Sometimes when I dislike a book, I have an extremely visceral response to it and want to be like, "NOBODY READ THIS." Even though I understand that there is a book out there for everyone, no matter how horrible I personally find it. Like, no joke, I have actually (very rarely) thrown copies of books in the recycling if I hated them enough, just so one less copy would be floating around out there to wander into the hands of some unsuspecting individual, because YES, I am that petty, and also that book sucked.
SURPRISE! This book is not that book.
(I tricked you for a minute, didn't I?)
I'm so pressed for time these days that I actually expanded my DNF reviews to include two star reviews, because I feel like there are different reasons why I decided not to finish something. I've had people come after me for rating my DNFs, but here's the thing: if a book is bad enough or unexciting enough that I was unable to get to the end of it, I think that says a lot about what I thought. I'm also done giving chances to books that just don't wow me. I review them because I'm dumb enough and forgetful enough to accidentally buy them again, so the one and two star rating acts as a sort of red light to me that says, "Oy! Nenia! You've been down that road before. It's a baaaaaad road."
THE BOOK OF LUKE came out while I was still in high school. I'm pretty sure I read it while I was still in high school. Unlike some of the books I've been rereading from those years, this one didn't really leave an impression at all and I went in with virtually a blank slate. Which can be a good thing, honestly. My tastes are pretty drastically different now from what they were in high school. I'm more patient with unlikable or unreliable narrators than I used to be as a judgy teen. Plus, I think it's easier to be objective about teen drama when you're not swimming in it yourself.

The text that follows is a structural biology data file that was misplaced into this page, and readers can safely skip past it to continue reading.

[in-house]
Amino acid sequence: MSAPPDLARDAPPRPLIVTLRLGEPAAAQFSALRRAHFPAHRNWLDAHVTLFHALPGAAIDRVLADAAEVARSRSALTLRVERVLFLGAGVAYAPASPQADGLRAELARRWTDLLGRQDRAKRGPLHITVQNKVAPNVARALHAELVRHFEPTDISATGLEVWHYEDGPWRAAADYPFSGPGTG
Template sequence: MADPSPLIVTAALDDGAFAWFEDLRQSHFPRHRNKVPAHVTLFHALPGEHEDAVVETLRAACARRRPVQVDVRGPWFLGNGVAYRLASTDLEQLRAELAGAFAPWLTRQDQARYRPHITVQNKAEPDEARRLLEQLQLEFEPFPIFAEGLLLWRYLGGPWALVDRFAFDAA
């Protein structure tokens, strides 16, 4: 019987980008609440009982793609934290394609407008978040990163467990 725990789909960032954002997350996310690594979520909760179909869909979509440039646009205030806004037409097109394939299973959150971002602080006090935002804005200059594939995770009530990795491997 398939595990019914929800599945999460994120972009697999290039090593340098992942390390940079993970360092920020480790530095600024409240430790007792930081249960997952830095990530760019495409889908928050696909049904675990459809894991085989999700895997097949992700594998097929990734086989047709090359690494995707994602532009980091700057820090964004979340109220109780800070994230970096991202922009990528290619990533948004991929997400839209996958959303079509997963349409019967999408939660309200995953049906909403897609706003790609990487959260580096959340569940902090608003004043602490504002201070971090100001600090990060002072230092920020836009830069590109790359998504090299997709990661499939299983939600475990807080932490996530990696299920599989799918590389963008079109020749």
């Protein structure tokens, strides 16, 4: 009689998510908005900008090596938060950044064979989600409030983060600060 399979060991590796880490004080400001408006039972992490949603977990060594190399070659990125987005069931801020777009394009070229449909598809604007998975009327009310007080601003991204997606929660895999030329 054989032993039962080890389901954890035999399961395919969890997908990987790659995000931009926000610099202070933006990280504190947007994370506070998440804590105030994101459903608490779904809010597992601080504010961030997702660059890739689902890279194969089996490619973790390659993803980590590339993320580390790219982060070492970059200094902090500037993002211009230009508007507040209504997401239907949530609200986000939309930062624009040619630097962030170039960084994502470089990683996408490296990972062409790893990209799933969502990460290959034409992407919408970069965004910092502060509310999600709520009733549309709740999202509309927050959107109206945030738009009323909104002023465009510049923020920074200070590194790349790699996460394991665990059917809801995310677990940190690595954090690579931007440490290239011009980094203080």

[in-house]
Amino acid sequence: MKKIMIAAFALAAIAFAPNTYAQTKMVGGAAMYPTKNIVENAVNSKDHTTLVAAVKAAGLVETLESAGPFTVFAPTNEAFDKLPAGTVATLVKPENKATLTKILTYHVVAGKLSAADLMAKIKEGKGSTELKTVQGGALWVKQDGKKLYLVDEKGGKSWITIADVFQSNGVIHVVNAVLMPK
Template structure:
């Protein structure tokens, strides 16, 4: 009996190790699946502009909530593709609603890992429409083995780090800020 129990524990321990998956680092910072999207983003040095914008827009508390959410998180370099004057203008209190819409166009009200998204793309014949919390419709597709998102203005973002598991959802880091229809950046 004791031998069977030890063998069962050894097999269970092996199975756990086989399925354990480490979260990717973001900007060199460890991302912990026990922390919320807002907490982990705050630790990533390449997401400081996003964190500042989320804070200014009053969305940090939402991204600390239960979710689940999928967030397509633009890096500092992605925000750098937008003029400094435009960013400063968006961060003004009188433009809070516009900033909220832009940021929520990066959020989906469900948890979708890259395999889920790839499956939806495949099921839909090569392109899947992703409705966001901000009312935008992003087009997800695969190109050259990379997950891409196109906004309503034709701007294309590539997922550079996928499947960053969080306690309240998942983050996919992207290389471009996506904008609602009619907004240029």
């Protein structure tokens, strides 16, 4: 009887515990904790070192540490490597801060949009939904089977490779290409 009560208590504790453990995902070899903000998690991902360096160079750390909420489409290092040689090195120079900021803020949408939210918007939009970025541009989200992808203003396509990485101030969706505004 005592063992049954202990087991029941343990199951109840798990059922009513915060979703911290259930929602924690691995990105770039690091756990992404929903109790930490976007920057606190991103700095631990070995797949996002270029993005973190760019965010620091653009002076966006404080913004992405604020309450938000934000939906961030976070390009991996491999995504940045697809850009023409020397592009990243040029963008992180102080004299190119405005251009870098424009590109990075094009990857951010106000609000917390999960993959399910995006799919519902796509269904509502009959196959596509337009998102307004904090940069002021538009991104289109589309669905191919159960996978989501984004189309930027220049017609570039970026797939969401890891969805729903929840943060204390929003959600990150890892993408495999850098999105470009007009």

The problem with this book? It's way too young for me. It's purely high school drama, and while it is more feminist-angled than other books from this time, the fact that it revolves around boys so prominently was a little exhausting. YA romances bore me unless they bring something else to the table, and the fact that the heroine's "niceness"/push-overness was the backbone of her character maybe hit a little too close to home, but that was tiring too. I do like the idea of a bunch of BFFs banding together to write a sort of relationship bible teaching dudes the dos and don'ts, but I just wasn't feeling this book or its narrator. Your mileage may vary.
2 out of 5 stars